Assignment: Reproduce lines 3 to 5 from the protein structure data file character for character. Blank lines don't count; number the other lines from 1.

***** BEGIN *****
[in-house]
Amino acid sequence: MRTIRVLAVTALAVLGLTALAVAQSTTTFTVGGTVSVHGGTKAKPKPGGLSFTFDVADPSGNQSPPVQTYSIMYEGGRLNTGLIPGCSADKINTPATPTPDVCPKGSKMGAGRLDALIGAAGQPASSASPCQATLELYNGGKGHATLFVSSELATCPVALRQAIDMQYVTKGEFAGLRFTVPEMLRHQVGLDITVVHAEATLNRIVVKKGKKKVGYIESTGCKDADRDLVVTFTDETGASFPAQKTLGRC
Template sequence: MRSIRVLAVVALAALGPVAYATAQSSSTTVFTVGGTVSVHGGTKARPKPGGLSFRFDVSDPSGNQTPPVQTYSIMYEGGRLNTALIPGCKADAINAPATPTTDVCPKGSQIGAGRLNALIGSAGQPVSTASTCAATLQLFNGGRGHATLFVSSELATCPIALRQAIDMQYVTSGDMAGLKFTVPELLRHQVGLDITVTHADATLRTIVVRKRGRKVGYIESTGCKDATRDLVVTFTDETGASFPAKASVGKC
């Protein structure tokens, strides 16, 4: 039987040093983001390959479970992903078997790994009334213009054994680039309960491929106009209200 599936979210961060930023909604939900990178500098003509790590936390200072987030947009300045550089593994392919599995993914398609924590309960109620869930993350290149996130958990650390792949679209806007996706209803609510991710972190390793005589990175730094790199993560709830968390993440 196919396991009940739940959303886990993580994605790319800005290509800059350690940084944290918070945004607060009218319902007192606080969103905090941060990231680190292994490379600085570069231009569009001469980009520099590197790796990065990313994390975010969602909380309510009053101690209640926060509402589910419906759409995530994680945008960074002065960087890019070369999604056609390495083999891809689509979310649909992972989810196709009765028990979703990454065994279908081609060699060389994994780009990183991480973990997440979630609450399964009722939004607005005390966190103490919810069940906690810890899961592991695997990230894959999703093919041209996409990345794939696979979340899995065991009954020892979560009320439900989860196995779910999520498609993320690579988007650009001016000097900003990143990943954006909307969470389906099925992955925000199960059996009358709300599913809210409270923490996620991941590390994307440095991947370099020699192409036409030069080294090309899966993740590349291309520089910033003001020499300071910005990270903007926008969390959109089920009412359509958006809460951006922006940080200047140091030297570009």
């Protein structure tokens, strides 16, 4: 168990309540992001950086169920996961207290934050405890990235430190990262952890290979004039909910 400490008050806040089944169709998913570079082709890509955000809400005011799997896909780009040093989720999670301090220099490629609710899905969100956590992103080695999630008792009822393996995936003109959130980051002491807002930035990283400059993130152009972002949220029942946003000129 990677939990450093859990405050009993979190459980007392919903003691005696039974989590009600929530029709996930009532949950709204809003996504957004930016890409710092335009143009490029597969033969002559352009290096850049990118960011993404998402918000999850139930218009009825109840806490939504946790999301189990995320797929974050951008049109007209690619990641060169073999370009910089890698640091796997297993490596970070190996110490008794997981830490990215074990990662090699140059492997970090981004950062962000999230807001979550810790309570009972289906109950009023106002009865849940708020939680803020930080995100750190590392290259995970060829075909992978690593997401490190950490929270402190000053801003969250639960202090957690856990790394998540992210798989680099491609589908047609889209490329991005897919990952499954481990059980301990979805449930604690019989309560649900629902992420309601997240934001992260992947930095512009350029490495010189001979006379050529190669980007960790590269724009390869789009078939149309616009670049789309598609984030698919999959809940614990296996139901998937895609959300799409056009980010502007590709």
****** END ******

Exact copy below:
Template sequence: MRSIRVLAVVALAALGPVAYATAQSSSTTVFTVGGTVSVHGGTKARPKPGGLSFRFDVSDPSGNQTPPVQTYSIMYEGGRLNTALIPGCKADAINAPATPTTDVCPKGSQIGAGRLNALIGSAGQPVSTASTCAATLQLFNGGRGHATLFVSSELATCPIALRQAIDMQYVTSGDMAGLKFTVPELLRHQVGLDITVTHADATLRTIVVRKRGRKVGYIESTGCKDATRDLVVTFTDETGASFPAKASVGKC
């Protein structure tokens, strides 16, 4: 039987040093983001390959479970992903078997790994009334213009054994680039309960491929106009209200 599936979210961060930023909604939900990178500098003509790590936390200072987030947009300045550089593994392919599995993914398609924590309960109620869930993350290149996130958990650390792949679209806007996706209803609510991710972190390793005589990175730094790199993560709830968390993440 196919396991009940739940959303886990993580994605790319800005290509800059350690940084944290918070945004607060009218319902007192606080969103905090941060990231680190292994490379600085570069231009569009001469980009520099590197790796990065990313994390975010969602909380309510009053101690209640926060509402589910419906759409995530994680945008960074002065960087890019070369999604056609390495083999891809689509979310649909992972989810196709009765028990979703990454065994279908081609060699060389994994780009990183991480973990997440979630609450399964009722939004607005005390966190103490919810069940906690810890899961592991695997990230894959999703093919041209996409990345794939696979979340899995065991009954020892979560009320439900989860196995779910999520498609993320690579988007650009001016000097900003990143990943954006909307969470389906099925992955925000199960059996009358709300599913809210409270923490996620991941590390994307440095991947370099020699192409036409030069080294090309899966993740590349291309520089910033003001020499300071910005990270903007926008969390959109089920009412359509958006809460951006922006940080200047140091030297570009």
């Protein structure tokens, strides 16, 4: 168990309540992001950086169920996961207290934050405890990235430190990262952890290979004039909910 400490008050806040089944169709998913570079082709890509955000809400005011799997896909780009040093989720999670301090220099490629609710899905969100956590992103080695999630008792009822393996995936003109959130980051002491807002930035990283400059993130152009972002949220029942946003000129 990677939990450093859990405050009993979190459980007392919903003691005696039974989590009600929530029709996930009532949950709204809003996504957004930016890409710092335009143009490029597969033969002559352009290096850049990118960011993404998402918000999850139930218009009825109840806490939504946790999301189990995320797929974050951008049109007209690619990641060169073999370009910089890698640091796997297993490596970070190996110490008794997981830490990215074990990662090699140059492997970090981004950062962000999230807001979550810790309570009972289906109950009023106002009865849940708020939680803020930080995100750190590392290259995970060829075909992978690593997401490190950490929270402190000053801003969250639960202090957690856990790394998540992210798989680099491609589908047609889209490329991005897919990952499954481990059980301990979805449930604690019989309560649900629902992420309601997240934001992260992947930095512009350029490495010189001979006379050529190669980007960790590269724009390869789009078939149309616009670049789309598609984030698919999959809940614990296996139901998937895609959300799409056009980010502007590709």